experience it


Think about your last disappointment. Was it a movie you saw? A book you read? A date you went on? Or maybe it was just this past New Year’s Eve? Now that you’ve brought it to mind, ask yourself: “Why was I disappointed with the experience?” Chances are we’ll say something like: “The movie wasn’t as good as the previews made it out to be,” or, “The girl was attractive but had no personality,” or, “I didn’t find someone to kiss when midnight struck.” All valid reasons for disappointment. All understandable. And all our own fault.

accepting the blame for disappointment

Disappointment has one strong inherent implication, and that is that we expected something out of the experience based on our subjective view of past experiences and stories. We expected it to be good or bad, exciting or nerve-wracking, awkward or blissful. Now imagine a life of no disappointment.

Having no expectations is a powerful place to be. It allows us to enter every situation with a blank slate, with Locke’s tabula rasa. Why is this powerful? Because we go into everything with an open mind, not allowing stress to invade our mind or tensing our shoulders. We’re always pleasantly surprised, being closer to understanding that there is no good, there is no bad, there just is what is.

Accepting blame for something like this also teaches us another invaluable lesson. And that is humility. According to nearly every religious and philosophical doctrine, pride, or the sense of self, is the basis for all wrong, or all sin. That’s because it makes us act out of selfishness and greed, in direct disregard to others in order to advance ourselves. Imagine humbling ourselves by accepting the blame of what we deemed a negative situation. Imagine the power, the self-control, that brings.

don’t judge

We create our own reality. If a situation was bad, it’s because we made it bad. A car accident isn’t a bad thing. It’s an opportunity. For what? That’s up to us to figure out.

So when the next “negative” situation arises, we should take a step back and examine:

  • Why is this a bad thing?
  • What was my immediate reaction?
  • Why did I react that way?
  • Am I alive?

Then look closely at our answers (although the last one shouldn’t require too much deep thought). If we still have trouble grasping the concept, it can be helpful to turn to this famous Zen story for help:

Once there was an old farmer whose horse ran away. Upon hearing the news, his neighbors came to visit. “Such bad luck,” they said sympathetically.

“Maybe,” the farmer said.

The next morning the horse returned, bringing with it three wild horses. “How wonderful,” the neighbors exclaimed.

“Maybe,” the farmer said.

The following day, his son tried to ride one of the untamed horses, was thrown, and broke his leg. The neighbors again came to offer their sympathy on his misfortune.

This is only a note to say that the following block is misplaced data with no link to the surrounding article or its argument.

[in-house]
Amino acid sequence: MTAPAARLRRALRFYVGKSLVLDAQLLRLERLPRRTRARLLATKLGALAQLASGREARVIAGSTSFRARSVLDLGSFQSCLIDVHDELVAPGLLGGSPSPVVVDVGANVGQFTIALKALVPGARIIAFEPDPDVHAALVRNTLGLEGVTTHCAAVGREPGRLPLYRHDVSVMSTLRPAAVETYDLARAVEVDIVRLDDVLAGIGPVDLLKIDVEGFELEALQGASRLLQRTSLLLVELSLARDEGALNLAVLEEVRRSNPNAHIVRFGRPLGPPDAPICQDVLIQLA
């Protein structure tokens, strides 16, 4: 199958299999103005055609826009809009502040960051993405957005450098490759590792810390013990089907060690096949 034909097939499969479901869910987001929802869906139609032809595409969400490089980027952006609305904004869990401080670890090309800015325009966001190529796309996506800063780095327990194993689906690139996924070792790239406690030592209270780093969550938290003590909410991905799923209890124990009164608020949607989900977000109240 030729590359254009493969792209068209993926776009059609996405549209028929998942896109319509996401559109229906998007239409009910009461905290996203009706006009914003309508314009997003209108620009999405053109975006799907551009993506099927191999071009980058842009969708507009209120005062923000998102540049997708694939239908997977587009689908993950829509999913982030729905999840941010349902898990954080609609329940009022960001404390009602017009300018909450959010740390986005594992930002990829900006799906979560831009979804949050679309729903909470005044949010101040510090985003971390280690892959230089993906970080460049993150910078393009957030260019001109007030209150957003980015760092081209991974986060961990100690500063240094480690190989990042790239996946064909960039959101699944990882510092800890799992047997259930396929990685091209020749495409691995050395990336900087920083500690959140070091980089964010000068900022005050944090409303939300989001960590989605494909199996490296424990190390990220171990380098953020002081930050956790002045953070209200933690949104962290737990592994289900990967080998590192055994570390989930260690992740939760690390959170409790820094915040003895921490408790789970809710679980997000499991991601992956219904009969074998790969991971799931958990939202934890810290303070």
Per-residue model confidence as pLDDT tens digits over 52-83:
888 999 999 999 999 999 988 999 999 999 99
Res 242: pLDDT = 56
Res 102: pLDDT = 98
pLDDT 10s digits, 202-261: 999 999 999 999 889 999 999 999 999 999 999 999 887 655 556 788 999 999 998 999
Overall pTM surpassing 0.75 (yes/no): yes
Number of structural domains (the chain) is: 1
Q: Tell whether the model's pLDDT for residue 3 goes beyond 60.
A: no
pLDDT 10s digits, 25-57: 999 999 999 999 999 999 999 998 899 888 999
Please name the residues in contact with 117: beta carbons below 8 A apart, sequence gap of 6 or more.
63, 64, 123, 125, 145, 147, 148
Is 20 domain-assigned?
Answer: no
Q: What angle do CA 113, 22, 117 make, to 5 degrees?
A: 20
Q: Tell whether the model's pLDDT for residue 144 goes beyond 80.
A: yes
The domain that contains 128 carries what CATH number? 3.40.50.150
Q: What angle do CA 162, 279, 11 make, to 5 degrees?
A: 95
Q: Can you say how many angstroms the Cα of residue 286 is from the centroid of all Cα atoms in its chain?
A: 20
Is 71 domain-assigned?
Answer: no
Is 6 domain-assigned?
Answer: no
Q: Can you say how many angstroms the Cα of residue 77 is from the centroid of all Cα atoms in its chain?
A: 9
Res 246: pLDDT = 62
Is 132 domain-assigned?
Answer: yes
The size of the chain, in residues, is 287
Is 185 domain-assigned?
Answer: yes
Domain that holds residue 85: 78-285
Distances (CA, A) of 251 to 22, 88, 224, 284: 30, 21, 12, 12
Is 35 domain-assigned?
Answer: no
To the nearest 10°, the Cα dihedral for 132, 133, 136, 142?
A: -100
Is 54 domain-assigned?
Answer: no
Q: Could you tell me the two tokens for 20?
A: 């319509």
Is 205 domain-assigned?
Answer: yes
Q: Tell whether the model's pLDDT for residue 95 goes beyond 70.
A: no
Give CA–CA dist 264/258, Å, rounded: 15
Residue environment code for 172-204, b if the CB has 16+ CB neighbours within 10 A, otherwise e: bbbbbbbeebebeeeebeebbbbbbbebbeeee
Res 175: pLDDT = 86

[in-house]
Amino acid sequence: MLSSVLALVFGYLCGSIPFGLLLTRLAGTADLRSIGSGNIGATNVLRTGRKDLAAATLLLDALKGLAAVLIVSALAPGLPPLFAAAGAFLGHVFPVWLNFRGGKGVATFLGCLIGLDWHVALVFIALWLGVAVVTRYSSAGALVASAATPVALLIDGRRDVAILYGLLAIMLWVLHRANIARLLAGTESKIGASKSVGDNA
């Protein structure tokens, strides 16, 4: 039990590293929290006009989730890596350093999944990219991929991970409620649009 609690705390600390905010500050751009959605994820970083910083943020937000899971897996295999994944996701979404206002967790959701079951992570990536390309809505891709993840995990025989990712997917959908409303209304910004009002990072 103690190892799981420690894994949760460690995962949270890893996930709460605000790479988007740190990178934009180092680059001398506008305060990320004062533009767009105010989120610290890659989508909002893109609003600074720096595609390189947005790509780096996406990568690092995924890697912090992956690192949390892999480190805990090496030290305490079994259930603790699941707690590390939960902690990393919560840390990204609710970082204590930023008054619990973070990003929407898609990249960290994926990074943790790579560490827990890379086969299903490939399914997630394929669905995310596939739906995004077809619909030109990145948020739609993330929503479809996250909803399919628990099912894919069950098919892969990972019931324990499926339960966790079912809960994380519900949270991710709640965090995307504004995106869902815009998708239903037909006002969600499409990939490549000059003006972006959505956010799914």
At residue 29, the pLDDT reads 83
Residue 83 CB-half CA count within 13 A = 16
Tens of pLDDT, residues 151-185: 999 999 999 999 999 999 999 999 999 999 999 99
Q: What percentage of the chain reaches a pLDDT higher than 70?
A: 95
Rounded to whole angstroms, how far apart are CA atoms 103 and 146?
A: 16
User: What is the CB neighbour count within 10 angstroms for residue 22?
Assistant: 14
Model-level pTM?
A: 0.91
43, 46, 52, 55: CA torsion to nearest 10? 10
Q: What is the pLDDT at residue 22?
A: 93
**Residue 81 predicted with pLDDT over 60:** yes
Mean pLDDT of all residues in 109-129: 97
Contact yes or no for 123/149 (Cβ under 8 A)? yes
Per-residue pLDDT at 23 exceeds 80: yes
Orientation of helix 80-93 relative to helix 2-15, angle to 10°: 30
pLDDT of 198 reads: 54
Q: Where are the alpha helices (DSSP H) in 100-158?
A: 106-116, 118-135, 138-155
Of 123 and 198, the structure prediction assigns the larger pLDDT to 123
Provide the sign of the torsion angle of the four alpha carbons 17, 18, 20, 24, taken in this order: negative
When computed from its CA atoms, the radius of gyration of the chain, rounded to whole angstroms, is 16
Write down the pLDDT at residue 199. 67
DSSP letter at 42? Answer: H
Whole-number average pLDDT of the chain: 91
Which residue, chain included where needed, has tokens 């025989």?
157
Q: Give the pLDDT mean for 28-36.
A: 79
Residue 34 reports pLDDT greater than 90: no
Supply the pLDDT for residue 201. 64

“Maybe,” the farmer said.

The day after, military officials came to the village to draft young men into the army. Seeing that the son’s leg was broken, they passed him by. The neighbors congratulated the farmer on how well thins had turned out.

“Maybe,” the farmer said.

The neighbors viewed the events transpiring at the farmer’s home with judgment. Things were either good or bad, and their emotions were akin to a roller coaster in response. That’s exhausting and stress-inducing, which means it’s harmful to our health (literally) and takes years off our life. The farmer, however, kept an open mind, devoid of judgment, devoid of expectations. He was relaxed and in the flow, never allowing a circumstance to determine his emotional or mental state.

This philosophy is a mental attitude we adopt through consistent application, which will include its fair share of failure as well as success.

If you haven’t already, give it a shot – you may be pleasantly surprised.


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4 Responses to “experience it”

  1. aprilingle Says:

    Without expectations, don’t we lack emotions at all? How could the farmer truly embrace this life without reacting to the situation.

    This is why I planned for rain on my wedding day…low expectations not only helped me prepare better for any situation, but fully appreciate the sunny skies overhead.

    Just my thoughts.

    • Jeff Hirz Says:

      The farmer has more fully and truly embraced his life than those of us who react to things by assigning subjective value and saying they’re good or they’re bad. His is a life of action, not automated reaction. I sometimes find it difficult to explain b/c I have not yet reached that level (although I hope to one day), but, according to eastern philosophical doctrines like Buddhism and Taoism, someone like that has found the power to experience unreasonable happiness (or contentment) at all times.

      I highly recommend checking out some books on Zen Buddhism or Taoism – they could elaborate upon the concept much better than my 600-word blog posts :). And they might lend some insight into your own life and how you live your daily life.

  2. Ken Says:

    I have to say I think this is one of the best, most prophetic, article you have written. Or, maybe I just relate to it better. Either way, I like the lesson learned. If only I can remember to practice what this says. Oh, the daily challenges of life. Nice work.

  3. HUGGY BEAR Says:

    Okay aprilingle I am going to try and rationalize Jeff’s thoughts on your wedding day. What he is saying is that he thinks you should take a look at rain on that day not in a negative way. In fact, rain is an opportunity for you instead. Once you have no expectations one way or another you are able to live in the current moment, and not in the current moment’s expectations. You have embraced your surroundings. If you disagree Jeffrey you may do so, but it is going to be tough seeing how I have already achieved self-actualization.

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